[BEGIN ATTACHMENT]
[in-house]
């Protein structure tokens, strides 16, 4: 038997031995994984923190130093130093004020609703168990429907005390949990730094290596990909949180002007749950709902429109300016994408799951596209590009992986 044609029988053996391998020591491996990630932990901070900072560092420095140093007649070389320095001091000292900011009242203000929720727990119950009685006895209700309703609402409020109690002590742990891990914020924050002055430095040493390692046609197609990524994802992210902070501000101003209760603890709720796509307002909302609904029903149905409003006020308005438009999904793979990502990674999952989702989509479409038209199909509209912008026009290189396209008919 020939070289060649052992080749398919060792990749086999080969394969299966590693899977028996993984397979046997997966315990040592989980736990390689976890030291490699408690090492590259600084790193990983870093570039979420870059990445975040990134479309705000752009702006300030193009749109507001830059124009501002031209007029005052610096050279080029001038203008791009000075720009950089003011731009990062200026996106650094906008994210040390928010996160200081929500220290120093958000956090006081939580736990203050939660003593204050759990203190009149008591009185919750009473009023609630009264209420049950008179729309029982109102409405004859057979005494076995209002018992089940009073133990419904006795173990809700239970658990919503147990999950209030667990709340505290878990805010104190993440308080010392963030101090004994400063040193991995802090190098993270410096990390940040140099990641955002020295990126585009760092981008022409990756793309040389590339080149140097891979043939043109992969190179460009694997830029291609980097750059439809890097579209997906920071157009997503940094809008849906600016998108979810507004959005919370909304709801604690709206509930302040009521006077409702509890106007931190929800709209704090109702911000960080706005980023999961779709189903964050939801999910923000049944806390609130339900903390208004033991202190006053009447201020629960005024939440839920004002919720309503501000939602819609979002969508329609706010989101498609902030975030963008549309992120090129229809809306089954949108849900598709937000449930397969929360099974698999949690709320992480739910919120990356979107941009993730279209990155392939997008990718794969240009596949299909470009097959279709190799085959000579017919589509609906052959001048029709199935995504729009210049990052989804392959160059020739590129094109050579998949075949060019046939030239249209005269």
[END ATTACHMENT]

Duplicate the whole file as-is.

[in-house]
């Protein structure tokens, strides 16, 4: 038997031995994984923190130093130093004020609703168990429907005390949990730094290596990909949180002007749950709902429109300016994408799951596209590009992986 044609029988053996391998020591491996990630932990901070900072560092420095140093007649070389320095001091000292900011009242203000929720727990119950009685006895209700309703609402409020109690002590742990891990914020924050002055430095040493390692046609197609990524994802992210902070501000101003209760603890709720796509307002909302609904029903149905409003006020308005438009999904793979990502990674999952989702989509479409038209199909509209912008026009290189396209008919 020939070289060649052992080749398919060792990749086999080969394969299966590693899977028996993984397979046997997966315990040592989980736990390689976890030291490699408690090492590259600084790193990983870093570039979420870059990445975040990134479309705000752009702006300030193009749109507001830059124009501002031209007029005052610096050279080029001038203008791009000075720009950089003011731009990062200026996106650094906008994210040390928010996160200081929500220290120093958000956090006081939580736990203050939660003593204050759990203190009149008591009185919750009473009023609630009264209420049950008179729309029982109102409405004859057979005494076995209002018992089940009073133990419904006795173990809700239970658990919503147990999950209030667990709340505290878990805010104190993440308080010392963030101090004994400063040193991995802090190098993270410096990390940040140099990641955002020295990126585009760092981008022409990756793309040389590339080149140097891979043939043109992969190179460009694997830029291609980097750059439809890097579209997906920071157009997503940094809008849906600016998108979810507004959005919370909304709801604690709206509930302040009521006077409702509890106007931190929800709209704090109702911000960080706005980023999961779709189903964050939801999910923000049944806390609130339900903390208004033991202190006053009447201020629960005024939440839920004002919720309503501000939602819609979002969508329609706010989101498609902030975030963008549309992120090129229809809306089954949108849900598709937000449930397969929360099974698999949690709320992480739910919120990356979107941009993730279209990155392939997008990718794969240009596949299909470009097959279709190799085959000579017919589509609906052959001048029709199935995504729009210049990052989804392959160059020739590129094109050579998949075949060019046939030239249209005269």